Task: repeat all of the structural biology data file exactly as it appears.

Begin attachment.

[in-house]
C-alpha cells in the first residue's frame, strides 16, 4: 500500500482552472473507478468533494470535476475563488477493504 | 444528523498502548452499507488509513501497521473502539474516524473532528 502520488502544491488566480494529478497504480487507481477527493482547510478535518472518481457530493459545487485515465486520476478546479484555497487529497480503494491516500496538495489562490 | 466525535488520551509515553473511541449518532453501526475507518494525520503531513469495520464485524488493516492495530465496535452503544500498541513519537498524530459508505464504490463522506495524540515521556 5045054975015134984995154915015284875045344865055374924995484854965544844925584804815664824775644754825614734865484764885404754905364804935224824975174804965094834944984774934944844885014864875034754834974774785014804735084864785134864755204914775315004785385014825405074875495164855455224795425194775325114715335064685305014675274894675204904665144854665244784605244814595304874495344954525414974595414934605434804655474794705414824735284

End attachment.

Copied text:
[in-house]
C-alpha cells in the first residue's frame, strides 16, 4: 500500500482552472473507478468533494470535476475563488477493504 | 444528523498502548452499507488509513501497521473502539474516524473532528 502520488502544491488566480494529478497504480487507481477527493482547510478535518472518481457530493459545487485515465486520476478546479484555497487529497480503494491516500496538495489562490 | 466525535488520551509515553473511541449518532453501526475507518494525520503531513469495520464485524488493516492495530465496535452503544500498541513519537498524530459508505464504490463522506495524540515521556 5045054975015134984995154915015284875045344865055374924995484854965544844925584804815664824775644754825614734865484764885404754905364804935224824975174804965094834944984774934944844885014864875034754834974774785014804735084864785134864755204914775315004785385014825405074875495164855455224795425194775325114715335064685305014675274894675204904665144854665244784605244814595304874495344954525414974595414934605434804655474794705414824735284